NGOs Urge Rich Countries to Pull the Plug on World Bank’s Push Water Privatisation


Over a hundred-and-thirty groups from forty-eight countries are calling on donor governments to abandon support for a highly controversial agency of the World Bank focused on privatisation called the 'Public-Private Infrastructure Advisory Facility' (PPIAF).

On May 23 the Dutch capital, The Hague, will host a meeting of the 13 donors to the PPIAF. In an open letter, groups argue that PPIAF’s bias towards private sector ‘solutions’ to water access represents a poor use of aid money. Earlier this year, the Norwegian government stated that it will not support PPIAF in the future as it no longer believes it is increasing access to water for the poor.

In the letter to PPIAF’s remaining donors, signed by civil society groups and trade unions from around the world, including poor countries where PPIAF has funded water privatisation processes, campaigners say: “The evidence shows that the private sector has shown a great reluctance to commit finance to connecting the poorest people to clean, affordable water…. Our conclusion is that aid could be better spent and we ask donors to withdraw this funding accordingly.”

Elías Dias Peña of Friends of the Earth in Paraguay says, "In Paraguay, despite public protest and a parliamentary vote against it, water privatisation is still pushed by the PPIAF, the International Monetary Fund and powerful private companies. But opposition remains strong. A new law on water developed by civil society groups and members of Parliament declares water a property of the state and access to water a fundamental human right. The law is awaiting its final vote in the Paraguayan chamber of deputies right now.”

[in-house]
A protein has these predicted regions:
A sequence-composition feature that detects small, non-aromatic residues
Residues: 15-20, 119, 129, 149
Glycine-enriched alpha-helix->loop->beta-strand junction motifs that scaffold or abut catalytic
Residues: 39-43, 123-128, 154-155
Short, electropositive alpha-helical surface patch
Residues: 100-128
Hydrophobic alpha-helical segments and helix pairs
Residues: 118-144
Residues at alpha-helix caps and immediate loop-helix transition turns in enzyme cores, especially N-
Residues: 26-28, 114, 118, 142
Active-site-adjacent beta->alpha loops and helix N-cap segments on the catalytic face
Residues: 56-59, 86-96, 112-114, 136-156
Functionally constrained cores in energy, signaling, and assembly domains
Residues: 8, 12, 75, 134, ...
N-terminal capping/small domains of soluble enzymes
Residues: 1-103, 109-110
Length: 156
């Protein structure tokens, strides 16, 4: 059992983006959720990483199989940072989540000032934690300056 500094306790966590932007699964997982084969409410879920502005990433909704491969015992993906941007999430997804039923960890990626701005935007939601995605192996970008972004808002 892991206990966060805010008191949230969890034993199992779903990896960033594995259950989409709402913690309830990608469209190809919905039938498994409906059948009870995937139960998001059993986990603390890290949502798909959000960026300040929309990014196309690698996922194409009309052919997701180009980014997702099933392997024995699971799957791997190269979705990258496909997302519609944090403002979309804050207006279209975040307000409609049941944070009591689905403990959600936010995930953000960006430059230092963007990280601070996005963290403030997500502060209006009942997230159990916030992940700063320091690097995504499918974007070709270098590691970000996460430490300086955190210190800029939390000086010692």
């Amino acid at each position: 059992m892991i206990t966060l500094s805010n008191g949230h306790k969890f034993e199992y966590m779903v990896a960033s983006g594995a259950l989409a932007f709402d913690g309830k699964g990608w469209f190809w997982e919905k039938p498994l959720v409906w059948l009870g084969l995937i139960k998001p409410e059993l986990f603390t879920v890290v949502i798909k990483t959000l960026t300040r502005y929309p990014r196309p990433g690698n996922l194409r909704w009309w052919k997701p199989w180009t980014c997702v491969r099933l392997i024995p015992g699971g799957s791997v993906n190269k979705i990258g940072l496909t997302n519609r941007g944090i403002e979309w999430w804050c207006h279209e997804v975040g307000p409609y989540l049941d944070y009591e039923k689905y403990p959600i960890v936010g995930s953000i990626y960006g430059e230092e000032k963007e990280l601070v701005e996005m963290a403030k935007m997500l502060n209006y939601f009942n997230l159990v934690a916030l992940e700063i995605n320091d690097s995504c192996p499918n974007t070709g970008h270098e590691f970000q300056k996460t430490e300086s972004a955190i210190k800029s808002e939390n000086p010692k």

Denied permission to observe PPIAF’s annual meeting, campaigners are organising a forum in The Hague on 22 May to discuss PPIAF, its role within the World Bank and progressive alternatives in the area of water.

On PPIAF’s agenda at the meeting in The Hague is a proposal to extend its remit further and give the controversial agency a stronger role in World Bank water policies. Activists believe that donors should reject this extension and instead create a wholly new fund to support water utilities in the global south based on ‘public-public partnerships’.

They argue that PPIAF undermines the right of poor countries to decide how to run their public services. PPIAF has funded projects in many poor countries where international financial institutions like the World Bank and the International Monetary Fund have attached water privatisation
conditions to loans, debt relief or aid.

Campaigners are particularly critical of PPIAF’s funding for ‘consensus-building’ projects which try to persuade people in developing countries to accept water privatisation.